Is the Curriculum Doing Enough for the Climate Crisis?

We are in a climate emergency and immediate action is required to protect our planet from the soon to be uninhabitable environment that humans have been too complacently contributing to for the past 100 or so years. What we now know, is that we can make changes (and need to) that will slow the rate at which is the environment is degrading and give humans a chance to reverse (or at least slow) the damage they have already done.   Education has a large part to play in our ability to make change, and instill means of positive change into our designers of the future.  But the question is, with the need for immediate action, is our current curriculum doing enough to enable change in response to the climate emergency?

There are already a few key figures who are making changes in the field, questioning the current norm and making strides towards positive change for the environment.  Scott McAulay is the founder and coordinator of Anthropocene Architecture School which is a specialised architecture school in Scotland, UK, that is aimed at educating architects (of the future) during the climate emergency.  McAuley’s aim through his curriculum is to “Prepare students for a new type of Architecture”[1] with “the urgent need for Climate Literacy in architectural education – for its educators as much as for its students”[2], introducing his students to “Crisis Studios” [3] that endeavours to educate about the climate crisis.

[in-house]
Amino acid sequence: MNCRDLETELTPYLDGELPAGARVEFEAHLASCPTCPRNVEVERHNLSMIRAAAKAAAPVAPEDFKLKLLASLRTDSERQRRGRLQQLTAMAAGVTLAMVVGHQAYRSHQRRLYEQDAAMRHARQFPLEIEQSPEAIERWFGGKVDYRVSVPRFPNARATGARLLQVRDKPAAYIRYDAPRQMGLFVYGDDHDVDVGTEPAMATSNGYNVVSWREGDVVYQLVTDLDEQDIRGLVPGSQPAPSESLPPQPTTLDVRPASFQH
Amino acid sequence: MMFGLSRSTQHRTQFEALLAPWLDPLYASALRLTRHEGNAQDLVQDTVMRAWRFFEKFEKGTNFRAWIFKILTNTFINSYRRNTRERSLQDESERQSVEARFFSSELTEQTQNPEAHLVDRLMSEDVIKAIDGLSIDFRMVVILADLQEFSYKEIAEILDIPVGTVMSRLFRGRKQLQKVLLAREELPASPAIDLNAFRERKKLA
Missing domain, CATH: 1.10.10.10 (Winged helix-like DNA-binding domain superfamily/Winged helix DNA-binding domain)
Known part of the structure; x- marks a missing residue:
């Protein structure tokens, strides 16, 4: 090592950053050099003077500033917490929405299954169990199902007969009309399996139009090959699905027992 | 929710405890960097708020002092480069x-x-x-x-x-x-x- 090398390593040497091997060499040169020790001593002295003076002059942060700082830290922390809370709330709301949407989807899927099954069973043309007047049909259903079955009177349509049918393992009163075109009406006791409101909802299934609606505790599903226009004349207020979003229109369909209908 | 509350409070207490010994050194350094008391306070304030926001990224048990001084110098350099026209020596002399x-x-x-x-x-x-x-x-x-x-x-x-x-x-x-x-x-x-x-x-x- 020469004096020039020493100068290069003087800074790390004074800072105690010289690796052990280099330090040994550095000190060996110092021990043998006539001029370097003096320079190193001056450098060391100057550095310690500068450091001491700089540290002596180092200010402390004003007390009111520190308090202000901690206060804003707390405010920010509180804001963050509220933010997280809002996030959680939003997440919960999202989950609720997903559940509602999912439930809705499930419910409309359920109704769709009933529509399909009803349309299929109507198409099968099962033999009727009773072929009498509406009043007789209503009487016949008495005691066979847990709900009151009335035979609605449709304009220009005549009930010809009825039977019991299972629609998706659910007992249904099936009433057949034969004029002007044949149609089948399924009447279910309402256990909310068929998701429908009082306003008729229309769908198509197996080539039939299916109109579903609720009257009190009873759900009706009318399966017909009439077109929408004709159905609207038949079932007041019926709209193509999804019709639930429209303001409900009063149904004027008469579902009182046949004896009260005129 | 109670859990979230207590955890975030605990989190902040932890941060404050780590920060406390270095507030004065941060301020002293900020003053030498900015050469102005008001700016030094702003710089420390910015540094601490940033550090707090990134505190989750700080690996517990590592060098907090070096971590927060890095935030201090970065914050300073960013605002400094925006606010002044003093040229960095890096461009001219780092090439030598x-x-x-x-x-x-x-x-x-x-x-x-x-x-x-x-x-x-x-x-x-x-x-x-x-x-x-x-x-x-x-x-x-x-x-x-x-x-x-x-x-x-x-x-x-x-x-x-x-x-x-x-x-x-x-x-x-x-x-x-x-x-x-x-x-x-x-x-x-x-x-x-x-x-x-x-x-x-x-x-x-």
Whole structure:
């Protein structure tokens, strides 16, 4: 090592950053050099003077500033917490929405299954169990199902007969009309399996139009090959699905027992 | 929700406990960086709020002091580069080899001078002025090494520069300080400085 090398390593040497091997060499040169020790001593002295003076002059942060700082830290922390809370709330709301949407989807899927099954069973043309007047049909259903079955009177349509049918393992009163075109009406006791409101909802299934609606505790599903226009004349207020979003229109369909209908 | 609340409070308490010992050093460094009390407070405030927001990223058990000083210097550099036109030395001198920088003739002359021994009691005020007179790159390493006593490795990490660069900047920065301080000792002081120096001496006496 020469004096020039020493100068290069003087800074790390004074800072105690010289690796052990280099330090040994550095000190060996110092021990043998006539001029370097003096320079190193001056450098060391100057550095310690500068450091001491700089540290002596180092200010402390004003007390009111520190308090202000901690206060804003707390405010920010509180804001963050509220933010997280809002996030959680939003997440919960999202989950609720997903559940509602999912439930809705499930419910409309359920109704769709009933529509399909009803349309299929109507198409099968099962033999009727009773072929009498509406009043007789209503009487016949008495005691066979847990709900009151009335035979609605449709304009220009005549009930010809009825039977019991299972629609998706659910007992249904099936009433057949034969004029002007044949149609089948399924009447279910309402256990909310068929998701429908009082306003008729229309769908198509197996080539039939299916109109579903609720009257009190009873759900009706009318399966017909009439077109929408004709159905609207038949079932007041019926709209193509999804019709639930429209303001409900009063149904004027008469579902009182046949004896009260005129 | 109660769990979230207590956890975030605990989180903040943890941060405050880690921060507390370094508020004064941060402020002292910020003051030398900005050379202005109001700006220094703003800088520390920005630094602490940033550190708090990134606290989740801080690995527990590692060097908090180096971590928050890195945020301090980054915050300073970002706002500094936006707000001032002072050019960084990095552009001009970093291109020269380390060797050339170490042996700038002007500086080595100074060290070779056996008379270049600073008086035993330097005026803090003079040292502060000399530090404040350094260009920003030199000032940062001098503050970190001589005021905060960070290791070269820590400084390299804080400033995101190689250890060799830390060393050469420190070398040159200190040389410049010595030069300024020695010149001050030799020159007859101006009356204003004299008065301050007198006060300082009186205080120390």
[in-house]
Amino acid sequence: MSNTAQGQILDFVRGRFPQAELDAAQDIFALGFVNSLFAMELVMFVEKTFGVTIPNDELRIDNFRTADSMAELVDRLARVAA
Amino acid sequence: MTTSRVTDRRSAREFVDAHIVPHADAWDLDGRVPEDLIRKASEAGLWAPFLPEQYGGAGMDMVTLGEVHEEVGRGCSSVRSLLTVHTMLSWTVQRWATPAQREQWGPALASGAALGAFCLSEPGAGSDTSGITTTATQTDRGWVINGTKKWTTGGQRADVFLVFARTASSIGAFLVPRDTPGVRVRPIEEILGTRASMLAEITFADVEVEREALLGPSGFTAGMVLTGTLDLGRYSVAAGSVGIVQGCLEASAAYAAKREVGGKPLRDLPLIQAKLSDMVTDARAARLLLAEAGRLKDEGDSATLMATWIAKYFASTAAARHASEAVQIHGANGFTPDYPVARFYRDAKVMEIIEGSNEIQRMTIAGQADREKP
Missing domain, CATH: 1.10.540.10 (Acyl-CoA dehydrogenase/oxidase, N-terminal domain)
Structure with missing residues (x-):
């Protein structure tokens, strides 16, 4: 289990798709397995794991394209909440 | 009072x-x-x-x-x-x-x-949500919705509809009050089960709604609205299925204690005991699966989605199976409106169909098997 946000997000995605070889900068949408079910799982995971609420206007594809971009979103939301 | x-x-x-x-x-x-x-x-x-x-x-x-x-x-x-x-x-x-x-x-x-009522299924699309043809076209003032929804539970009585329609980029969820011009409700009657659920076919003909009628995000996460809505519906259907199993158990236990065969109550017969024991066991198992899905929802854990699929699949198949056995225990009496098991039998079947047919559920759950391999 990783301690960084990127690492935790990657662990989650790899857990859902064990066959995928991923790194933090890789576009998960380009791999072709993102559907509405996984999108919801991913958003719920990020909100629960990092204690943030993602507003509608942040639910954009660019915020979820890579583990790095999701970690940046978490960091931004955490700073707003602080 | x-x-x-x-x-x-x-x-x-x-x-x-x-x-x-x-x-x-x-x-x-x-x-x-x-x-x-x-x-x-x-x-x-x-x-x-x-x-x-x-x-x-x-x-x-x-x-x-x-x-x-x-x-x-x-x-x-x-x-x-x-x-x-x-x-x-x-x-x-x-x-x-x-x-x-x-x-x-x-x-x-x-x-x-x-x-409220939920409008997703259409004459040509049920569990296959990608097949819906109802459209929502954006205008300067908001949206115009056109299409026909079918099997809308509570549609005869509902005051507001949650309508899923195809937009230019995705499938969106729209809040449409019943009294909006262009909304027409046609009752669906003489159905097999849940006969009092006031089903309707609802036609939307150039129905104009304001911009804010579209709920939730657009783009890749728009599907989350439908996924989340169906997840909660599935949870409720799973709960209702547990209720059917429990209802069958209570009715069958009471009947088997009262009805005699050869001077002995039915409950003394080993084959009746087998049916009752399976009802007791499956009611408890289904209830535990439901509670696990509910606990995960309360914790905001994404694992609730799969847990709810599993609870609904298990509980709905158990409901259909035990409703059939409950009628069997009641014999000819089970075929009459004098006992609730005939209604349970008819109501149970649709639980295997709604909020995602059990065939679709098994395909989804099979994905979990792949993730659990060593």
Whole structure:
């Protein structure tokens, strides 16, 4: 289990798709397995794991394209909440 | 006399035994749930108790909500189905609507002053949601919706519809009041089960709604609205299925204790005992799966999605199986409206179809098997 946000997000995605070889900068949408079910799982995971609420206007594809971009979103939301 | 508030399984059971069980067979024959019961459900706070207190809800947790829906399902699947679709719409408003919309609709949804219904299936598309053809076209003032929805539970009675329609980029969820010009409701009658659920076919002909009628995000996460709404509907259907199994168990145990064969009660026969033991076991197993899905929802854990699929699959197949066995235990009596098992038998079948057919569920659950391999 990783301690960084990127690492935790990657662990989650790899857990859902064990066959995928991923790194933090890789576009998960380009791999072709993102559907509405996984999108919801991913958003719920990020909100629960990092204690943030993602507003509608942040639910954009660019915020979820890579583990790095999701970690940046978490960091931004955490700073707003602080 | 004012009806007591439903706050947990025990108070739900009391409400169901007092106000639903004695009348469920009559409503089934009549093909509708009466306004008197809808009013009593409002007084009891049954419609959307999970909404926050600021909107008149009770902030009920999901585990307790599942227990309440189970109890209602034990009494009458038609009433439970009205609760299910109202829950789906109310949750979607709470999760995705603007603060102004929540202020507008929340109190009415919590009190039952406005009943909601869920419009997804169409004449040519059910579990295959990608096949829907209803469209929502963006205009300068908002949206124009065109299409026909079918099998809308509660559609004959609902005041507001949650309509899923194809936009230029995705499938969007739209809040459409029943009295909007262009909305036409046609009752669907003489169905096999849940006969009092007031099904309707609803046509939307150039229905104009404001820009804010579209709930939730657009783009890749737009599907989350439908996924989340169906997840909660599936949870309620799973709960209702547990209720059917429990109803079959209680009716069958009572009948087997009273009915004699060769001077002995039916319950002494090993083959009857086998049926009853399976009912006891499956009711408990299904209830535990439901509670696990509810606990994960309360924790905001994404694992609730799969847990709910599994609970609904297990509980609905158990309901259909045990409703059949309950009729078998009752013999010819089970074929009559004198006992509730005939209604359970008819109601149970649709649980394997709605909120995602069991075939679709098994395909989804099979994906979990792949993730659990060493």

Closer to home here in Perth, Parisa Izadpanahi is a researcher at Curtin University and has been extensively researching the effects on introducing environmental education to younger children very early in the school curriculum and analysing how this impacts their environmental attitudes.  The report by Izadpanahi yielded some very interesting results when comparing children (ages starting at 4) who had, and had not, been introduced to environmentally sustainable design attitudes, inviting professionals to review the importance of introducing environmentally sustainable design principles very early on in the school curriculum and whether this is perhaps the change required to change the transform the overall mentality towards the climate crisis.  (Izadpanahi and Tucker 2015)

Lara Mackintosh, a senior lecturer at Notre Damn has also been doing extensive research here in Perth into sustainable learning and has written a thesis that focuses on architectural education as a means of positive change in response to the impact of the built environment on climate change. (Mackintosh 2020) Mackintosh’s thesis aims to “…understand how architectural learning can shift the worldview of the design and subsequently, lead the designer to support design practices that respond positively to change environments.” [4]

We can see extensive research has been conducted which has established the need for a sustainable focused curriculum in order to tackle the climate emergency we are facing, but the question still remains as to is the current curriculum doing enough to address the problem?  To get an idea about what the curriculum is doing, I interviewed a mix of students and teachers at the University of Western Australia (UWA) to get their opinion on the curriculum and its current integration of teaching about designing for a better and more sustainable future.